Meet Dr. Anish Andheria – Scientist, Naturalist, Conservationist, Photographer
Photo: Shashank Dalvi
Meet Dr. Anish Andheria, President, Wildlife Conservation Trust, who speaks to Bittu Sahgal about how nature took over his life, his inspirations and the conservation challenges ahead of us all at a point in time when climate change is rapidly moving into higher gear.
Dr. Anish Andheria has packed in a lifetime of wildlife conservation experiences and he still has over half his working life ahead of him. A crack field biologist and scientist with a unique background in chemistry, he is the President of the Wildlife Conservation Trust (WCT), founded, funded and chaired by Hemendra Kothari. Bittu Sahgal, who has known him for decades, explores what makes this conservationist of tomorrow tick.
Anish, What triggered your love for the outdoors and wildlife?
I was always smitten by plants and animals, even as a toddler. I impersonated Tarzan during my primary school days, climbed trees and made a hideout, scaled the six metre high stone wall behind my home in Andheri (West), a suburb of Mumbai. I remember rolling on the ground to persuade my parents to take me to Gir to see lions when I was in Standard V. I also remember playing with a pet Indian monitor lizard in an ashram in what I later found out was the eastern range of the Gir National Park and Sanctuary. I rescued my first snake, a rat snake, when I was in Standard VIII, from some older boys who were chasing the hapless reptile, sticks in hand, and would have clobbered it to death. Three decades later, I still rescue and rehabilitate snakes, wild birds and mammals if needed.
How was this interest magnified?
In school, I looked forward to every alternate Saturday for our fortnightly visit to the BNHS library to identify plants and animals I had seen. I would immerse myself in the Handbook of the Birds of India and Pakistan by Dr. Sálim Ali and Dillon Ripley; J.C. Daniel’s The book of Indian Reptiles and Amphibians and H.S. Prater’s Indian Mammals. By the time I made it to Bhavan's College in Andheri, I was ready to jump into the next bus to the forest, literally. Thanks to the Nature Club run by Prof. Dr. Parvish Pandya, which was why I chose Bhavan's over Mithibai, I embarked upon a never-ending journey into the forests, deserts and wetlands of India. I spent every alternate day at the Sanjay Gandhi National Park during my graduation days, observing the inter-relationship between plants and animals, and tracking leopards. I was introduced to Sanctuary Asia, my window into India’s wilds, in the mid-1980s and still possess every issue.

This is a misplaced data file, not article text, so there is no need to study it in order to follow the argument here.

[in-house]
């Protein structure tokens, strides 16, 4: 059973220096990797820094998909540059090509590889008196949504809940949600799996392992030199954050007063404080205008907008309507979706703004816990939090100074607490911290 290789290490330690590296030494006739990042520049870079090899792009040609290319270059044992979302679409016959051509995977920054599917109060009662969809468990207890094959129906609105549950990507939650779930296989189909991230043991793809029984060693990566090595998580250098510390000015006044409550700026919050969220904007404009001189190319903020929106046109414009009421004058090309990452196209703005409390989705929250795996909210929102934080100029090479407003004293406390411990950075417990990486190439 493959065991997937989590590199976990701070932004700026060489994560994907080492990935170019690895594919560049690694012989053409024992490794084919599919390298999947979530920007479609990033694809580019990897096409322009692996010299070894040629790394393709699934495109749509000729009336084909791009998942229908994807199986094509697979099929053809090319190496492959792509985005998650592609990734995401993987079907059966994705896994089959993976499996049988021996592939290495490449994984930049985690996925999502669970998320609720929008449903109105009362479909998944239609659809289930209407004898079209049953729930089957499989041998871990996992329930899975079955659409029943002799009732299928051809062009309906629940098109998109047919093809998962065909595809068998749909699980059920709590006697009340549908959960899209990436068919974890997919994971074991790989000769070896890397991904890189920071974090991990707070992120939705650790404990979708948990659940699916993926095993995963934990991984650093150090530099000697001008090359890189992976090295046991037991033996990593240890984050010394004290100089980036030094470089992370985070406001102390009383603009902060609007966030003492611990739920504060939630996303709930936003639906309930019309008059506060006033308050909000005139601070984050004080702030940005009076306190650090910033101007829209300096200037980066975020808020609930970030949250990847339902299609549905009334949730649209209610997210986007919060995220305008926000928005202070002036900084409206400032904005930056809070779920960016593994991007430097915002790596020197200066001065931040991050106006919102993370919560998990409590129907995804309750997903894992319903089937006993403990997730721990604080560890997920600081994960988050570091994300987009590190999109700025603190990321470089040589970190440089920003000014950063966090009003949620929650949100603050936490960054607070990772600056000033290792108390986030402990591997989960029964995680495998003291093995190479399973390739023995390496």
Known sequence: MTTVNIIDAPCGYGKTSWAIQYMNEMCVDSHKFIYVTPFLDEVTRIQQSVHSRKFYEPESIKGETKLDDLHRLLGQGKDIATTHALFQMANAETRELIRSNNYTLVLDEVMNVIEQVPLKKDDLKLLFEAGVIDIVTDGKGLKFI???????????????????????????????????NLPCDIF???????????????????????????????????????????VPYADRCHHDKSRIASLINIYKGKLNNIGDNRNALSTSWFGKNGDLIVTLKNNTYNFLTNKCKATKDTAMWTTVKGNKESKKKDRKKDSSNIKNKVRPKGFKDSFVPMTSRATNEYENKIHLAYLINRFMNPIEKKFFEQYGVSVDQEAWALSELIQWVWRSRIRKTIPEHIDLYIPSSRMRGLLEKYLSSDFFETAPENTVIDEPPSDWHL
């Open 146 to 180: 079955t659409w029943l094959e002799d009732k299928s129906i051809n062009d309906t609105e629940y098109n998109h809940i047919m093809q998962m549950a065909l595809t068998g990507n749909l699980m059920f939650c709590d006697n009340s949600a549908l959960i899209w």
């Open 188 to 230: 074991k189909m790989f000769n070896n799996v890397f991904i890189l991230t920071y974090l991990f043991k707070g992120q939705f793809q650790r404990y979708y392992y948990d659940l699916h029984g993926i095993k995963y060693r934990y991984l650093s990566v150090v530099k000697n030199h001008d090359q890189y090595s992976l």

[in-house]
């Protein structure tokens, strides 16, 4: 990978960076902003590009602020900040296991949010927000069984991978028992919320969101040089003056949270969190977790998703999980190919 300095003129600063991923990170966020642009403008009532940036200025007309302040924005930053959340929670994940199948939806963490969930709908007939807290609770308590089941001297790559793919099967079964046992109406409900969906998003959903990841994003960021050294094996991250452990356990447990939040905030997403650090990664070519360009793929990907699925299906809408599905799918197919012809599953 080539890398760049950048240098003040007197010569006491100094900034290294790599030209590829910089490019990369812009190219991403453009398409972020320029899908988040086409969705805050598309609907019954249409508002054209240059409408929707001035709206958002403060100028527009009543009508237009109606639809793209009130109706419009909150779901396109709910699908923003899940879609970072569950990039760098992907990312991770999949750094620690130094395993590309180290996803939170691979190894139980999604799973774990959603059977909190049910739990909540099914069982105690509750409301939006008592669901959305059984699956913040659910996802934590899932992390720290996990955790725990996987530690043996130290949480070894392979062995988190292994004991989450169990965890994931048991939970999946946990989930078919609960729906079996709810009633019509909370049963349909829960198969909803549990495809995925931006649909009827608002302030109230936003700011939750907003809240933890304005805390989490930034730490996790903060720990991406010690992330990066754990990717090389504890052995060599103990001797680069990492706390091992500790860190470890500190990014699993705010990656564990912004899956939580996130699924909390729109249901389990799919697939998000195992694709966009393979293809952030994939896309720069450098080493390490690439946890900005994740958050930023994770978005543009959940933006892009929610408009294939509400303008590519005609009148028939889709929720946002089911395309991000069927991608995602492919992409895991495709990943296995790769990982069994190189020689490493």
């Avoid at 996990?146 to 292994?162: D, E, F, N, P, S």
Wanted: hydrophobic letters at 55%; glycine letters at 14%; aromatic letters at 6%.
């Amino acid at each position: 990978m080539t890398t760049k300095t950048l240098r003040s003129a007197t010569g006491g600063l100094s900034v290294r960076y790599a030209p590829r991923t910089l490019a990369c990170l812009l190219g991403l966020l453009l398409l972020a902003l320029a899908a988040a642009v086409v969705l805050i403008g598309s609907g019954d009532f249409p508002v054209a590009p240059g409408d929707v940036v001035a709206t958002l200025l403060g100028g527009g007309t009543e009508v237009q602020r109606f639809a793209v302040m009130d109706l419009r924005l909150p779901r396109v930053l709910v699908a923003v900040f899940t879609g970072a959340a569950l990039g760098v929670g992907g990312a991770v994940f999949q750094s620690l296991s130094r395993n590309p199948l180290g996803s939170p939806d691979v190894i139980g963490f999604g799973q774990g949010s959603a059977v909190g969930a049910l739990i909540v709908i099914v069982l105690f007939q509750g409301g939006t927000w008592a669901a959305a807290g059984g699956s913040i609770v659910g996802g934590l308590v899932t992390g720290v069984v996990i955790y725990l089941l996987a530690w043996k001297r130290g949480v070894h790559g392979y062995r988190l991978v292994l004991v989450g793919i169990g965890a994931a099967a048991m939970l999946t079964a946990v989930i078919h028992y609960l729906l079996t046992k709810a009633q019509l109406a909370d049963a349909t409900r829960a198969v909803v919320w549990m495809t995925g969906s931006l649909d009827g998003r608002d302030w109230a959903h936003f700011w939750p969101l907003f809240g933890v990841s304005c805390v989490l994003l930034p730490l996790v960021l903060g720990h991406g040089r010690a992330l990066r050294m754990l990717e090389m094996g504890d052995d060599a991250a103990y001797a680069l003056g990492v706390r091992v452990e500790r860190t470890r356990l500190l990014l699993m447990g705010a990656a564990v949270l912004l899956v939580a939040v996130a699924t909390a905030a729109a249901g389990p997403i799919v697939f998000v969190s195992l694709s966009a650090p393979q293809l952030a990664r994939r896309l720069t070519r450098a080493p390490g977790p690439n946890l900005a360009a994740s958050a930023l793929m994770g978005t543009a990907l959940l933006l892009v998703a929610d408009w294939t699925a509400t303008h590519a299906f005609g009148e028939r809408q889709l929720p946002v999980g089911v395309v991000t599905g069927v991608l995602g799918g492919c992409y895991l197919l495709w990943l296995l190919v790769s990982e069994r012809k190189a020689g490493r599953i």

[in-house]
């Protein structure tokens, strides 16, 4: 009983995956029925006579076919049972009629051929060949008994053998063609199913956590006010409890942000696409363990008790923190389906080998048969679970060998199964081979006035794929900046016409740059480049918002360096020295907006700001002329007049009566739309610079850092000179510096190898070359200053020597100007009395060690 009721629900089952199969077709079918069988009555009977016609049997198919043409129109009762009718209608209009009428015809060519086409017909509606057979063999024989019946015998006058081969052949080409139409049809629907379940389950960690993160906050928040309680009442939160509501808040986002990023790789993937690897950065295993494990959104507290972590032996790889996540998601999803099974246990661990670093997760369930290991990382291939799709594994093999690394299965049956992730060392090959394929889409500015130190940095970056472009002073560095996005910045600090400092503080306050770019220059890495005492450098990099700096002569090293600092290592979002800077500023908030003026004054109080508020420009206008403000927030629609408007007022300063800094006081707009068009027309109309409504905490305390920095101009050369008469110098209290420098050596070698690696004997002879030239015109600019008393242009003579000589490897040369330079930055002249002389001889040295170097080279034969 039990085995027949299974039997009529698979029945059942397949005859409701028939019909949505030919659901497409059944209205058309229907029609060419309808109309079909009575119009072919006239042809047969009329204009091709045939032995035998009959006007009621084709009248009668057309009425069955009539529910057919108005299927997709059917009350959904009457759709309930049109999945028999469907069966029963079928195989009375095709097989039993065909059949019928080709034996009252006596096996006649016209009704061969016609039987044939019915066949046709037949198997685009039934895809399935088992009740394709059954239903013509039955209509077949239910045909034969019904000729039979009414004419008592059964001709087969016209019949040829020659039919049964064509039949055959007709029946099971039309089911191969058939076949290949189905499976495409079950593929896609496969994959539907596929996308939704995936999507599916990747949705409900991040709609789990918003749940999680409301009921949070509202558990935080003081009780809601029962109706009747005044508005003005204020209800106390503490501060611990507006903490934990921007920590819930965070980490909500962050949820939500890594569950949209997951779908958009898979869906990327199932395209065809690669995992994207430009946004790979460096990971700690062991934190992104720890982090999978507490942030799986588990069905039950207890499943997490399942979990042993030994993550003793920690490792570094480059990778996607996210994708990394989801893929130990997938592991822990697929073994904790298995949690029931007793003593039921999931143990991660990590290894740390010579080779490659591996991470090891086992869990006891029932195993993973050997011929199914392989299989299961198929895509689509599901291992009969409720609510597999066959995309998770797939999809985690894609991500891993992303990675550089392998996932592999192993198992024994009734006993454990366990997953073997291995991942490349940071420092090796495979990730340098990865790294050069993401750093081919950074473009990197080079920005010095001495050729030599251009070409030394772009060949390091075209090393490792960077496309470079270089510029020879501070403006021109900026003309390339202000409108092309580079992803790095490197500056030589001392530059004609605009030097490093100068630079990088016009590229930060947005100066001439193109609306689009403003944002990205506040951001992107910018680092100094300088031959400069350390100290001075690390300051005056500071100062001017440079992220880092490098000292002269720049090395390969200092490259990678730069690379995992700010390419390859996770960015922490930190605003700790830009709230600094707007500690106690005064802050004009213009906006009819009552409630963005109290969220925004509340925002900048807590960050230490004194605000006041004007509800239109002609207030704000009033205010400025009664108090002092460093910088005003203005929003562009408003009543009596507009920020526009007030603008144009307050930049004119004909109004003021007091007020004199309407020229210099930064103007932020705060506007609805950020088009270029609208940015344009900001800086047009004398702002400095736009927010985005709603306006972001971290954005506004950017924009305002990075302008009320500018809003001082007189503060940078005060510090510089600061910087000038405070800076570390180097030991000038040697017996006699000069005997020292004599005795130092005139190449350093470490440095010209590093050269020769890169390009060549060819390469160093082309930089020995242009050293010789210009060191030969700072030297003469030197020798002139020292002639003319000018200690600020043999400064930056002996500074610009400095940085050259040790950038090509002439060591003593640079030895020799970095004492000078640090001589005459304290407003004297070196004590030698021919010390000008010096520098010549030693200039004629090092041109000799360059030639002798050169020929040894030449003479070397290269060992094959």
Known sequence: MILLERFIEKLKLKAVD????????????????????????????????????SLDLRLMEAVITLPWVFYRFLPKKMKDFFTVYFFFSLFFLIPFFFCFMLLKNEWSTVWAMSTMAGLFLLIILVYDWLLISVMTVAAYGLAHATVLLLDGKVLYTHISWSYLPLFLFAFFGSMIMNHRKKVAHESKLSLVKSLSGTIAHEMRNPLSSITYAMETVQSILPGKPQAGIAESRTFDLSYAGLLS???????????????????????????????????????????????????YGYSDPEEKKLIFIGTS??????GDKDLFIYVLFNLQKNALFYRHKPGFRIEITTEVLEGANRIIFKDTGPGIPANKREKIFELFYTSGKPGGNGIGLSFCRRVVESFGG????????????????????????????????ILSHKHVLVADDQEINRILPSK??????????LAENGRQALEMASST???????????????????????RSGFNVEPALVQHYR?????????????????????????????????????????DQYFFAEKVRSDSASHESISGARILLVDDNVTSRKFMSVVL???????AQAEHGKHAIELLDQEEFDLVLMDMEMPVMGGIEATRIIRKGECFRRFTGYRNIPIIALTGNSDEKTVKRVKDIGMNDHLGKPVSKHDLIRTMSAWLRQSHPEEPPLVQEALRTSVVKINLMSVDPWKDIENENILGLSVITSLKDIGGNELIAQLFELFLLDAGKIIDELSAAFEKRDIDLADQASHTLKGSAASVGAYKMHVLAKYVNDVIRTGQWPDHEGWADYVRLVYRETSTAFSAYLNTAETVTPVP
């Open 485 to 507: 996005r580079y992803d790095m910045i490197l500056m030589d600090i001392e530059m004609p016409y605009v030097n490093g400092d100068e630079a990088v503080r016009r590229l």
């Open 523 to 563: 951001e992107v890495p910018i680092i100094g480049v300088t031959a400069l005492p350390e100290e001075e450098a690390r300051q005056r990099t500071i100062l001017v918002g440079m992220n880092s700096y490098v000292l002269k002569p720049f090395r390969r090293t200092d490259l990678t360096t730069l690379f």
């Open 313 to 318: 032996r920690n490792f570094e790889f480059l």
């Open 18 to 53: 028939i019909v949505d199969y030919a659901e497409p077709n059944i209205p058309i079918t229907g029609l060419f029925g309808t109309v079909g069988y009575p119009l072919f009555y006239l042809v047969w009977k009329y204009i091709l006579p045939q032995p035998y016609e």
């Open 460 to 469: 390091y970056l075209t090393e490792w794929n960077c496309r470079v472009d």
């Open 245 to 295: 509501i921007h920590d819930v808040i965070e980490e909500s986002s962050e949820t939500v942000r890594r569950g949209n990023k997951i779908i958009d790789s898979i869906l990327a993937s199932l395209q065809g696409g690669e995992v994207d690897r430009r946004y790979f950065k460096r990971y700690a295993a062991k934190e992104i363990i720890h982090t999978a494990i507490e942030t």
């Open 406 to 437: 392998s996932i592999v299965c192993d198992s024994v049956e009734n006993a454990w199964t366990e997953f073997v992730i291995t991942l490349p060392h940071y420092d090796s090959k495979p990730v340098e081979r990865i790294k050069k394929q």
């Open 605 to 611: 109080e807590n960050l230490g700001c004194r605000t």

I was the odd man out in my family, yet they, especially my dad, encouraged me in their own subtle ways. He would take me to buy books and VHS cassettes on wildlife and later accompanied me to the forests whenever he had the time and even sat up on machaans during leopard population estimations conducted by the Forest Department.
Photo: Dr. Anish Andheria
How did this metamorphose and take over your life?
Well, the wildlife bug only got stronger when I joined the Institute of Chemical Technology (ICT). I continued to spend at least two months every year, assisting field research projects, including the tiger estimation programmes organised by the Centre for Wildlife Studies, the Indian arm of WCS. Masters and Ph.D. supervisor, Dr. Sunil Bhagwat at ICT, was not surprised when I stuck to the field of wildlife conservation and joined Sanctuary Asia, even before appearing for my Ph.D. viva, way back in 2000, where I spent nine years helping to initiate the now well-established Kids for Tigers programme and Green Karbon, a biodiversity-climate change programme to influence college students with help from Deutsche Bank. I continued to spend time in the field, and in a two-year sabbatical from Sanctuary in 2004, joined the first batch for the Masters programme on Wildlife Biology and Conservation at the National Centre for Biological Sciences, Bengaluru.
Who were the principal influencers in your life?
Among those who left a permanent mark on me are Padma Vibhushan, Prof. M. M. Sharma, Ex-Director, ICT; my supervisor and now a dear friend at ICT, Prof. S. S. Bhagwat, both of whom never let me feel awkward about being hardwired to wildlife even as I pursued my Masters and Ph.D. in Surface Chemistry and Fluid Mechanics. You, Mr. Sahgal, who I have known since 1987-88 taught me the art of communication and simple ways of building long-lasting relationships with people by seamlessly adjusting to them, rather than expecting them to adjust to you. Dr. Ullas Karanth, WCS, played a significant role in helping me pursue conservation biology with a mindset of an engineer, never letting go of the scientific rigour, and taking the utmost precaution to maintain the sanctity of field data. Mr. Hemendra Kothari, Chairman of WCT and DSP BlackRock, is the one whose drive has made WCT the organisation it is. An astute banker and philanthropist, he helped me hone in on key issues in the maze of conservation options and gives me a free hand to operate with dignity. He also set a high governance and integrity standard bar for WCT and helped us forge a strong, dedicated team that is, without doubt, an asset to India. So many people have impacted my thought processes some of whom are Zafar Futehally, Humanyun Abdulali, T.N.A. Perumal, Sunderlal Bahuguna, George Schaller, Chandi Prasad Bhatt, Dr. Ajith Kumar, Praveen Pardeshi, ACS to the Chief Minister of Maharashtra and a dear friend and passionate wildlifer, Pavan Sukhdev, Lester Brown, Gunter Pauli and, of course, my late father, Pramod Andheria.